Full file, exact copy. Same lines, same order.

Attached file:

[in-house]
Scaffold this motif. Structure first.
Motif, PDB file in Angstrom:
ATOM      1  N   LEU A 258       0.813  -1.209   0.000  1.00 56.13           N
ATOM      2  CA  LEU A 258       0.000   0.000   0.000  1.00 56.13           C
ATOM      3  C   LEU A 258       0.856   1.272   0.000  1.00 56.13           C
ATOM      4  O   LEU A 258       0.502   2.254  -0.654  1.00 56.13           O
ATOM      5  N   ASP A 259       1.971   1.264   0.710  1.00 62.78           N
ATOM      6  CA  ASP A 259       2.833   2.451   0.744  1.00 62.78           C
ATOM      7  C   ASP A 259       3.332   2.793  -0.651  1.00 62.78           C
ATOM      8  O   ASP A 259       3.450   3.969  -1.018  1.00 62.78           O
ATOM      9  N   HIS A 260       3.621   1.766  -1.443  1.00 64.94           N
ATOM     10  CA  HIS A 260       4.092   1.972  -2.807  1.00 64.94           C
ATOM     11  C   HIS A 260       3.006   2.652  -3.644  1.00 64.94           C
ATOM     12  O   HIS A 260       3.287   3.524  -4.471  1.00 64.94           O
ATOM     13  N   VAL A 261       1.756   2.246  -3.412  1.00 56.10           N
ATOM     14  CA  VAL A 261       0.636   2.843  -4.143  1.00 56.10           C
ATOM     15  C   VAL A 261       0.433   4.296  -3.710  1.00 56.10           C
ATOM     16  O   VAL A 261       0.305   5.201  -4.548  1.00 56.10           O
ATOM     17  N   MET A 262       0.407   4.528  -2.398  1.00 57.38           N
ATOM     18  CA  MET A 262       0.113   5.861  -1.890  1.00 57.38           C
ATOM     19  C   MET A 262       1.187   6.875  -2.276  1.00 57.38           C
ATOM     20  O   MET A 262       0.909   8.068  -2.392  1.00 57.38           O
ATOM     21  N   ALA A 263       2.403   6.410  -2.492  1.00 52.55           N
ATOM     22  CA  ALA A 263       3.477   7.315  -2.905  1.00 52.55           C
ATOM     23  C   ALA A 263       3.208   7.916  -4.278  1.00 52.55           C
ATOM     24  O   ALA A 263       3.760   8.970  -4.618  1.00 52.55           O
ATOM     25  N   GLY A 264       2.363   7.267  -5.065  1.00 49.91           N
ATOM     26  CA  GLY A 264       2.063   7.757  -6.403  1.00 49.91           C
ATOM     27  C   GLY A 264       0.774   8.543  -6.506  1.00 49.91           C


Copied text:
[in-house]
Scaffold this motif. Structure first.
Motif, PDB file in Angstrom:
ATOM      1  N   LEU A 258       0.813  -1.209   0.000  1.00 56.13           N
ATOM      2  CA  LEU A 258       0.000   0.000   0.000  1.00 56.13           C
ATOM      3  C   LEU A 258       0.856   1.272   0.000  1.00 56.13           C
ATOM      4  O   LEU A 258       0.502   2.254  -0.654  1.00 56.13           O
ATOM      5  N   ASP A 259       1.971   1.264   0.710  1.00 62.78           N
ATOM      6  CA  ASP A 259       2.833   2.451   0.744  1.00 62.78           C
ATOM      7  C   ASP A 259       3.332   2.793  -0.651  1.00 62.78           C
ATOM      8  O   ASP A 259       3.450   3.969  -1.018  1.00 62.78           O
ATOM      9  N   HIS A 260       3.621   1.766  -1.443  1.00 64.94           N
ATOM     10  CA  HIS A 260       4.092   1.972  -2.807  1.00 64.94           C
ATOM     11  C   HIS A 260       3.006   2.652  -3.644  1.00 64.94           C
ATOM     12  O   HIS A 260       3.287   3.524  -4.471  1.00 64.94           O
ATOM     13  N   VAL A 261       1.756   2.246  -3.412  1.00 56.10           N
ATOM     14  CA  VAL A 261       0.636   2.843  -4.143  1.00 56.10           C
ATOM     15  C   VAL A 261       0.433   4.296  -3.710  1.00 56.10           C
ATOM     16  O   VAL A 261       0.305   5.201  -4.548  1.00 56.10           O
ATOM     17  N   MET A 262       0.407   4.528  -2.398  1.00 57.38           N
ATOM     18  CA  MET A 262       0.113   5.861  -1.890  1.00 57.38           C
ATOM     19  C   MET A 262       1.187   6.875  -2.276  1.00 57.38           C
ATOM     20  O   MET A 262       0.909   8.068  -2.392  1.00 57.38           O
ATOM     21  N   ALA A 263       2.403   6.410  -2.492  1.00 52.55           N
ATOM     22  CA  ALA A 263       3.477   7.315  -2.905  1.00 52.55           C
ATOM     23  C   ALA A 263       3.208   7.916  -4.278  1.00 52.55           C
ATOM     24  O   ALA A 263       3.760   8.970  -4.618  1.00 52.55           O
ATOM     25  N   GLY A 264       2.363   7.267  -5.065  1.00 49.91           N
ATOM     26  CA  GLY A 264       2.063   7.757  -6.403  1.00 49.91           C
ATOM     27  C   GLY A 264       0.774   8.543  -6.506  1.00 49.91           C